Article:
“I would spend almost every day recording with the children, and in the evenings, would edit the recordings and put them into place in the songs,” he explains. “This process, and having so much quality time with the kids, gave me a lot of scope to respond to what I was hearing, and to try and increasingly tailor what I was writing to what the kids seemed to respond to.”
The merging of the east and the west, with all its complexities, is embodied within these two albums of music. What shines through is the fragility and open-heartedness found in the children’s voices. Underprivileged children in India love to have their photograph taken, even if they just see it for a split second on the screen of a traveller’s camera. It seems to be an acknowledgement of their being and their worth — and knowing this, it seems impossible not to picture their huge smiles and sense the immense joy they must have felt from being filmed and recorded.
The Everything Is New project has not only raised global awareness and funds, but has also served to acknowledge the existence of these children and their value as human beings.
Chambers describes a particularly poignant experience whilst working with one child in particular, saying, “I would make a habit of letting the kids hear something resembling the finished assembly. I remember, in particular, when I played them their voices on the second verse, singing alongside Jarvis Cocker on ‘What if We’…”
He remembers some accomplished singers amongst the children, including a “wonderful but very shy girl” named Nagalaxmi. “When I put all the pieces together, it just sounded incredible,” recalls Chambers “I remember Nagalaxmi’s face so clearly, her jaw dropped and she clasped both the headphones to her ears so she could hear it as loud as possible. Then she turned to me, and said, ‘Is this me?’ when I told her it was, she just shook her head, asked to listen to it again, and again, and again the next day.”
The completion of the project was marked by a huge listening and dancing party in Tuni on New Year’s Eve, with a huge PA system ringing out with the children’s voices under the stars. It is easy to picture the powerful effect of this on the whole community — as well as the musicians involved.
Says Doseone of the project and its repercussions, “No caste system on earth, no matter how rigid or omnipresent, can take our song from us.”
Information & Statistics about Untouchables
Dating back as far as 1500 BC, sacred Sanskrit texts which lie at the heart of the Hindu belief system, including The Vedas and the Bhagavad Gita, have categorized people based on their occupations. According to Hindu belief, being born as an untouchable is a ramification of bad behaviour in a previous incarnation – and this idea forms the core of what we know today as the caste system. Those on the lowest tier are called untouchables, and the word says it all. They are those who are below any class system, whose interaction “contaminates” the rest of society by sheer incident of their birth.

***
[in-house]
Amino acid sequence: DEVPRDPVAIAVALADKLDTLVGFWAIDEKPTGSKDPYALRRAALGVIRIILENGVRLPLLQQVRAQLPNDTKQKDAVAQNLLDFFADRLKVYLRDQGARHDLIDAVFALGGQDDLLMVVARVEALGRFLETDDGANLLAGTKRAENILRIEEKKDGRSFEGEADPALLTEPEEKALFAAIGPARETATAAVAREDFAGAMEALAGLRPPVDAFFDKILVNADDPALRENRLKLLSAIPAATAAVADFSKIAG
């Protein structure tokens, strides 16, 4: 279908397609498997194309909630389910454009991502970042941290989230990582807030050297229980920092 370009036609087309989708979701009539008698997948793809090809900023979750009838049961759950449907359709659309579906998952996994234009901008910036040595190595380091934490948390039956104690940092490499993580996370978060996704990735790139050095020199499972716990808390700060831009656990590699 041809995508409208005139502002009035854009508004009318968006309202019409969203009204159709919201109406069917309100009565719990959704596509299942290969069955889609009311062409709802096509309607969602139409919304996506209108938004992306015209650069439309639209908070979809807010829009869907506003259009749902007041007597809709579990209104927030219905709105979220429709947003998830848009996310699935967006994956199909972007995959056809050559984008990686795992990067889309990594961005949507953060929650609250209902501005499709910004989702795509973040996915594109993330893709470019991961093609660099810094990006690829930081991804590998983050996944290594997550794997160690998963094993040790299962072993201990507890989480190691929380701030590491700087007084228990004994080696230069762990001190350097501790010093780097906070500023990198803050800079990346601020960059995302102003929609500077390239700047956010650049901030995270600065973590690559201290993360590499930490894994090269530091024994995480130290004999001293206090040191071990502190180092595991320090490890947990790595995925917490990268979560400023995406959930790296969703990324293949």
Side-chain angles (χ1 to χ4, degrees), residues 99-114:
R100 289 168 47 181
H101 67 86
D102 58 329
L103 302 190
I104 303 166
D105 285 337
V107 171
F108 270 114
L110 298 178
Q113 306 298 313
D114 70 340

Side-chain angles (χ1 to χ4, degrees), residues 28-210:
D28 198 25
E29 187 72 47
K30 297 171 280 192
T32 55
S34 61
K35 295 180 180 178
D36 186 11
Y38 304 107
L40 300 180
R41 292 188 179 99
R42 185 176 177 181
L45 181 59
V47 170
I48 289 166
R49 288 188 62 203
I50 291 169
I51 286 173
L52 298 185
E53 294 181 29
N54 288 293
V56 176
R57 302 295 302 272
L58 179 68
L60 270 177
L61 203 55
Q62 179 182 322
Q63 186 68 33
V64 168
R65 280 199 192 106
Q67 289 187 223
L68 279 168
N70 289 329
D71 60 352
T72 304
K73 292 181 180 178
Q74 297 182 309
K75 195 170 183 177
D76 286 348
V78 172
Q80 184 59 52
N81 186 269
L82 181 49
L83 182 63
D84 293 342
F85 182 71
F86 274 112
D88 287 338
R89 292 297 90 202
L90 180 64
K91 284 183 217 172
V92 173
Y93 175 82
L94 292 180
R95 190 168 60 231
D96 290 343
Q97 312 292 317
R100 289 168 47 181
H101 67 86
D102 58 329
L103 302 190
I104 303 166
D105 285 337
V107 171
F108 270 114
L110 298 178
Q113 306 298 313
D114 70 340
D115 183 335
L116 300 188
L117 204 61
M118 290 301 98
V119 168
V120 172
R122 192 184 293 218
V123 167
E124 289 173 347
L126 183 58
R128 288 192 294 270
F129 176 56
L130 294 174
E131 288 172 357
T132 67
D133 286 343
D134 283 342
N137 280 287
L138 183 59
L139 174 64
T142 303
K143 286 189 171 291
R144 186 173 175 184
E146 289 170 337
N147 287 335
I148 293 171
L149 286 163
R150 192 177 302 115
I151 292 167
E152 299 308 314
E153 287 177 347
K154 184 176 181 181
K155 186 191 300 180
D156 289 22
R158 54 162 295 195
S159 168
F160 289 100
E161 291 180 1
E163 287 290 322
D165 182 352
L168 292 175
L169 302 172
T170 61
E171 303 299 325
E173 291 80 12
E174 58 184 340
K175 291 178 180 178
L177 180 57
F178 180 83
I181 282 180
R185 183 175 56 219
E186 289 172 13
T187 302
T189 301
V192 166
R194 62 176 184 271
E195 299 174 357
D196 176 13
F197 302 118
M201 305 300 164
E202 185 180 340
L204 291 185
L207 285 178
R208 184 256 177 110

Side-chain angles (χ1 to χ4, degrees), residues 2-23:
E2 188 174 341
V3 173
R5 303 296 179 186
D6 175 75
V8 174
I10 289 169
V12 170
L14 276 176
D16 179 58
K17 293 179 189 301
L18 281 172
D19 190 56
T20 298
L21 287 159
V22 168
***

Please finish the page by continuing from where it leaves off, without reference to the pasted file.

Untouchables are born into an unalterable social status, allowed only to mix and marry with those from their own caste and to perform only lowly jobs and tasks befitting their “station” in life. This belief system decrees that acceptance of these restrictions and living a virtuous life may lead to an individual moving up the caste system in their next incarnation. Whilst laws made have since made discrimination against the untouchables illegal, it still prevails and remains painfully evident in India, Nepal, Sri Lanka, Bangladesh and Pakistan to this day.
Particularly in the rural areas of India, where the majority of the poor population live, untouchables are banned from temples and higher caste homes. They perform jobs such as cleaning latrines and sewers by hand, or are bonded workers, many repaying debts incurred generations ago. Figures published only fifteen years ago saw 15 million children working in slave-like conditions for less than a dollar a day.
In 2001, Amnesty International reported on an “extremely high” number of sexual assaults on Dalit women, often the victims of landlords, upper-caste villagers, and police officers. Only 5% of the attacks were reported, and 30% of the rape complaints were dismissed by the police as false.
Thousands of pre-teen Dalit girls are forced into prostitution. Named devadasis, which translates to “female servant of god”, they are “married” to a deity or a temple, where they are forced to have sex with upper-caste community members until they are finally sold to urban brothels.
In 2013, national crime statistics indicated an average of over 1,000 rape cases against Dalit women are reported annually, the highest of any social group. Bear in mind the majority of crimes will go unreported, and murders of rape victims often go unpunished.